GLASGOW hasn’t counted rats in the city for 12 years, a Drumchapel councillor has discovered.

As more residents have complained about the problem in north-west Glasgow and Councillor Elspeth Kerr said the city was “over-run”, Councillor Paul Carey asked when the local authority last did sewer checks and any indication of the number of rats.

But environmental health officials said sewer baiting was stopped more than 12 years ago “on grounds of cost”.

They stated: “I believe that no systematic sewer-baiting has been carried out since that time. Other aspects of the environmental health pest control service were, subsequently, reduced very significantly around 2008 – on grounds of cost-saving.”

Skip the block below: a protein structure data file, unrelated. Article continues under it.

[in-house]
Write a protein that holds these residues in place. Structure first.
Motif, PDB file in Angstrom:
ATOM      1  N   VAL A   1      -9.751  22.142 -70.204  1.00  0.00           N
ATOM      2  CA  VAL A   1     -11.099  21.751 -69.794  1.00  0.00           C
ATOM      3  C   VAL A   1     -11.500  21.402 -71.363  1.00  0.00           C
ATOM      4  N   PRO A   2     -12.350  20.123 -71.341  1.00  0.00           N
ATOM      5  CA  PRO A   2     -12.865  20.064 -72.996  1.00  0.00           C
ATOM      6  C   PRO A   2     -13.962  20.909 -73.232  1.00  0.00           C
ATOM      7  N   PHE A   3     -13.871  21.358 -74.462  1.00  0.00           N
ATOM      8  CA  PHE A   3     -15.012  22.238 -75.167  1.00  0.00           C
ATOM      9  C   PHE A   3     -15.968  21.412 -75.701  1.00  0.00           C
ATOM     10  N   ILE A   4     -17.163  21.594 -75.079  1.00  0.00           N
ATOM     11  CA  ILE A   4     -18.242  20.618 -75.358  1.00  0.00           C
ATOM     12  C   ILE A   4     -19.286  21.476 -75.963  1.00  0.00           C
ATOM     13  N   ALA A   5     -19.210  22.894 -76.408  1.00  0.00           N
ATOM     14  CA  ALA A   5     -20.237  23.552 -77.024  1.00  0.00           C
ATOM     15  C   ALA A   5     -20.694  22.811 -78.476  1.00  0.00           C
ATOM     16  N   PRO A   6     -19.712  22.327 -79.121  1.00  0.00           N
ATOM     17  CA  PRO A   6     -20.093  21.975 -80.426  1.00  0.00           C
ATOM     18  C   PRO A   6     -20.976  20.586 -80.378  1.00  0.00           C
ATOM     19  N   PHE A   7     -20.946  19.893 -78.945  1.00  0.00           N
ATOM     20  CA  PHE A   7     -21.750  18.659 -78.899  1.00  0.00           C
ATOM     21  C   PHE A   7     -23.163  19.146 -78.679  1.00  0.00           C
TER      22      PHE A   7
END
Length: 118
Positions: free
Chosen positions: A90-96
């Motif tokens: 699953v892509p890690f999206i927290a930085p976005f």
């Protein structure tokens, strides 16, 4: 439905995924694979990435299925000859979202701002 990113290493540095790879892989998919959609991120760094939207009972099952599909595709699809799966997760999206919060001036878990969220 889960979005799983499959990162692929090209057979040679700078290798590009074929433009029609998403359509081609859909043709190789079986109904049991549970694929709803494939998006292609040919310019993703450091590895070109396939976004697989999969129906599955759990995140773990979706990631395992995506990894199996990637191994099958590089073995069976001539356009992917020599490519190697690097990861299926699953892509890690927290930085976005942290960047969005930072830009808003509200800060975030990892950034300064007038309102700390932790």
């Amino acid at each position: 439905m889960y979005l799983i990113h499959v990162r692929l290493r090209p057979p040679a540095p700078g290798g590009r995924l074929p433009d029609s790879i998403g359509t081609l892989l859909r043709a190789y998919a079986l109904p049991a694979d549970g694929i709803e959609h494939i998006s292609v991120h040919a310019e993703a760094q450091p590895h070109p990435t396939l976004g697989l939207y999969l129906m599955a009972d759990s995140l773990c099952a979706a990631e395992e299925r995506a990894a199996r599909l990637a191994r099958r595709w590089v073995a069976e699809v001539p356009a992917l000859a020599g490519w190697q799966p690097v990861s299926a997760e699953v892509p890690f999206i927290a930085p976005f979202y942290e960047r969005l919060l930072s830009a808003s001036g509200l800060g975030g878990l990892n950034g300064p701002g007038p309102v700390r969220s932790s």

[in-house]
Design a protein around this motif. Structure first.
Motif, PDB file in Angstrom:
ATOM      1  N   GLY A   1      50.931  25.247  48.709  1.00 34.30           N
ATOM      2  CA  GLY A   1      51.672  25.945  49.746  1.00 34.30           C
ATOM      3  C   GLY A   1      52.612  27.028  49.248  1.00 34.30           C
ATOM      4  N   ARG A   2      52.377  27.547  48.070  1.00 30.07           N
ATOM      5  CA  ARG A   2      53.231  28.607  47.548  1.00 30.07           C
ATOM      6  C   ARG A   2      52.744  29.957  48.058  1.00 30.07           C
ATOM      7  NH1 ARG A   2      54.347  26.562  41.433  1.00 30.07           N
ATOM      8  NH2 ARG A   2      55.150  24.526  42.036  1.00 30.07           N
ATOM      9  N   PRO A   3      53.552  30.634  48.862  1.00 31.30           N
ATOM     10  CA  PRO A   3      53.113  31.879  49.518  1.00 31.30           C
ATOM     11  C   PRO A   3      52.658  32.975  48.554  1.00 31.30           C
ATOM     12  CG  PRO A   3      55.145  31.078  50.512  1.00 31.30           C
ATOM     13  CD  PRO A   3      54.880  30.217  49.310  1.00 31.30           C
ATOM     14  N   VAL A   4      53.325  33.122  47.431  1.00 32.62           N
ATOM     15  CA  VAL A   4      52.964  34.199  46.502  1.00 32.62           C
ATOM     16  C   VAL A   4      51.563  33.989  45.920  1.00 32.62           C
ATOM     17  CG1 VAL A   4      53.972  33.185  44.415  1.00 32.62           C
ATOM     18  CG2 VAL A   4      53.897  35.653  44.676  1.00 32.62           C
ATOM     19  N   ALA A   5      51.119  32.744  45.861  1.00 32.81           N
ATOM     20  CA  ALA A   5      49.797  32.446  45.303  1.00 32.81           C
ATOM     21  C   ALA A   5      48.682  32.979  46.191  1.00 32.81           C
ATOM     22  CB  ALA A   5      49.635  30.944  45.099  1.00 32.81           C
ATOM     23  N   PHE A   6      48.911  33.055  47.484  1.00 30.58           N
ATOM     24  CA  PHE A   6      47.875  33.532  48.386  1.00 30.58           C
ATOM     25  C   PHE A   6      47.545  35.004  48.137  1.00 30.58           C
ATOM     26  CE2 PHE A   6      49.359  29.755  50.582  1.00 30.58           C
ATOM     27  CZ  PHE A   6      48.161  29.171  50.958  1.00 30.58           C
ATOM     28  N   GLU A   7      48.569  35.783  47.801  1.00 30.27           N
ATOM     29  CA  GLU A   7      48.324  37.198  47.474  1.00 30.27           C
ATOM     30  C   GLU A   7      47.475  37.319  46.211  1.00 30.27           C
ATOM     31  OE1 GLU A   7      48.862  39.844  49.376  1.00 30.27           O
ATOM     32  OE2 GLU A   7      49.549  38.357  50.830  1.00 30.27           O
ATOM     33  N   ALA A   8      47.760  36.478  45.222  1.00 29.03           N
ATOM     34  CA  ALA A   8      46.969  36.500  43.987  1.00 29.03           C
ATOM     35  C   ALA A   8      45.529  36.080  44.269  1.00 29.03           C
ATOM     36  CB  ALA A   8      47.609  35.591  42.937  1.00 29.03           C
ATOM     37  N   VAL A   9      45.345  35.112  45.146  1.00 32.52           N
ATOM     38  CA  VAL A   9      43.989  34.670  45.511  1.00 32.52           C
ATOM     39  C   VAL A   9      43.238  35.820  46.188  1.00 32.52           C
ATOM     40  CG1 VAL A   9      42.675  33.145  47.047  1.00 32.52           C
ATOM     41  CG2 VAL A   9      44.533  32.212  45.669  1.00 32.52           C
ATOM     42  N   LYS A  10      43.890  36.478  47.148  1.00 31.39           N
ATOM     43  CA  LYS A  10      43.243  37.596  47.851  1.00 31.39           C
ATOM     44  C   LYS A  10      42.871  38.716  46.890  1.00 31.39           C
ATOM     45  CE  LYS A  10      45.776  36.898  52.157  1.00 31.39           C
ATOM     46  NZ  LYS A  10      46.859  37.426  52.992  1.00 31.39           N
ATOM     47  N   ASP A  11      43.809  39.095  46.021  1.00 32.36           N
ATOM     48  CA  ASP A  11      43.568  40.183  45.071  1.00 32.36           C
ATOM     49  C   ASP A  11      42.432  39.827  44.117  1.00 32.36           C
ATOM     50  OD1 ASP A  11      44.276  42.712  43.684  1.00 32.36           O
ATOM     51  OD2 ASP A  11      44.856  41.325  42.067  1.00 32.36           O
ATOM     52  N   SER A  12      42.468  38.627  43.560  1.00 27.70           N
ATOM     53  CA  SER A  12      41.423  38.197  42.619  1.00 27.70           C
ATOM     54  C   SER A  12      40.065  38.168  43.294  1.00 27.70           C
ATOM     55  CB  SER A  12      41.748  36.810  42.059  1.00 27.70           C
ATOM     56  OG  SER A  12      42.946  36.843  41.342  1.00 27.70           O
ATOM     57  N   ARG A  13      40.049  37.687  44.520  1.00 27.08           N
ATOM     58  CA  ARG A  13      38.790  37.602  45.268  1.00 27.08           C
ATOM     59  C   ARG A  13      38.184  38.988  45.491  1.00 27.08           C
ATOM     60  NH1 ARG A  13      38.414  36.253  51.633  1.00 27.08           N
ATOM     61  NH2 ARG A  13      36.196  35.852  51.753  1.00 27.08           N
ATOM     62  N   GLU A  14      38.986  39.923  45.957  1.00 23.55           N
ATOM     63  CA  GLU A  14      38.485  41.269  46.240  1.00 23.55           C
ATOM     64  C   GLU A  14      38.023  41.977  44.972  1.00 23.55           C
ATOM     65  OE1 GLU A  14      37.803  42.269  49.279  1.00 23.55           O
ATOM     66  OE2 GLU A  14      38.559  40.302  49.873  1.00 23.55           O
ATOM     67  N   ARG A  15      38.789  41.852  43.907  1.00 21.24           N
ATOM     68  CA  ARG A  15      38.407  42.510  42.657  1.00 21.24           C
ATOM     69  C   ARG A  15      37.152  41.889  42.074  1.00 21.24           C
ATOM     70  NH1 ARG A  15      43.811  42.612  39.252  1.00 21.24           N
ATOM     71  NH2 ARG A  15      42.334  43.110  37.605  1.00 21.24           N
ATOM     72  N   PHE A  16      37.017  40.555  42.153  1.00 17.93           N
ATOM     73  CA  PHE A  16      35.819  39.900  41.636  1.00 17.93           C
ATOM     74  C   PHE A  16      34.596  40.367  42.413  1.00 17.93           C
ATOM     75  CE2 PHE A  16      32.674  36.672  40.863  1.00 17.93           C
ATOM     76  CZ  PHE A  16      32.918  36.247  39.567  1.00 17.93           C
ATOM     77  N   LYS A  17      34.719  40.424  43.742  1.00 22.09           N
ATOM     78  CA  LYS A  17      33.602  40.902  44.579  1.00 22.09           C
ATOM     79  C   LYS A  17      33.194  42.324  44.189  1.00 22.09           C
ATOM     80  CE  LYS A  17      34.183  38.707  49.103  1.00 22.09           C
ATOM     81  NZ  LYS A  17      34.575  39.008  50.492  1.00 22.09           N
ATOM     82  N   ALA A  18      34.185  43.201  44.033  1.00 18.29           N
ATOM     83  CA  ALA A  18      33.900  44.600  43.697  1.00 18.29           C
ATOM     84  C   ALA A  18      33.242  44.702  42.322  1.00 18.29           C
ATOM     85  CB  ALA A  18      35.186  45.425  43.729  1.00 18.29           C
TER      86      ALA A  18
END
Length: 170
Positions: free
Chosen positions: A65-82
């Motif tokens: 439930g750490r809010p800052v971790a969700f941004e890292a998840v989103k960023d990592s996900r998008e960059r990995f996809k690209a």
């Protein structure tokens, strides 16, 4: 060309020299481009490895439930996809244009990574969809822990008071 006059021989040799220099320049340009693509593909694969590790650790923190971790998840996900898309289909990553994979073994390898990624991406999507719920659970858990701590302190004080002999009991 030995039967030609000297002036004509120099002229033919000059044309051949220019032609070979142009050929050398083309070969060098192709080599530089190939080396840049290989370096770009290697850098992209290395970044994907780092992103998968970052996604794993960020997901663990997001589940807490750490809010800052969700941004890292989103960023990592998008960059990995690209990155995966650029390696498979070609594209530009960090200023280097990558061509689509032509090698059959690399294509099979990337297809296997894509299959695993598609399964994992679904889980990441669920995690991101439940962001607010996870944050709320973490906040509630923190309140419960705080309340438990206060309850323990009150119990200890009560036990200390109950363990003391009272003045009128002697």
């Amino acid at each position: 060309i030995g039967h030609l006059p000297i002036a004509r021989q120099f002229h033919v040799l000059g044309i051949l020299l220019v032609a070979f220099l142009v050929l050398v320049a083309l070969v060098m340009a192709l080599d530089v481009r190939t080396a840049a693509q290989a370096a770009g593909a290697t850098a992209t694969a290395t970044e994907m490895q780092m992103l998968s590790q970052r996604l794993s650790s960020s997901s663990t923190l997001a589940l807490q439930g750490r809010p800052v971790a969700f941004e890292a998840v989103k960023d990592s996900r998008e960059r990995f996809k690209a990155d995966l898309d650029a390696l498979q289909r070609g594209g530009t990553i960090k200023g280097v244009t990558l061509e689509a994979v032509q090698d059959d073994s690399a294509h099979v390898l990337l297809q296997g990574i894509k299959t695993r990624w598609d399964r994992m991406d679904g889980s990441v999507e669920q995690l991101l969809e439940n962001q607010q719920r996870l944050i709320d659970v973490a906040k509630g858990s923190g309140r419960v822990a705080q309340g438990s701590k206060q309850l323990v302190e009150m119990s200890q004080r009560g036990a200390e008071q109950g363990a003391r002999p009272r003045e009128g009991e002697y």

Cllr Carey told the Post: “If they stopped baiting 12 years ago, then they have not got a clue how many rats are in the city.

“Is the problem getting worse in the last 12 years? Yes. Do we wait until there is a real healthy and safety issue? Do we know if any other local authorities baits, and if not, why not?

“Baiting keeps the rats under control and to give us an idea of how many rats there are.

"I was shocked to find out that this practice has stopped.”

A council spokeswoman said: “The council operates a pest control service for rats, responding to calls from the public looking for assistance.

“In addition, the council is currently rolling out the bin replacement programme – replacing 50L steel bins with 240L wheelie bins – which will help to keep back courts cleaner, reduce the food waste available for rats and in the long-term stifle the rat population.”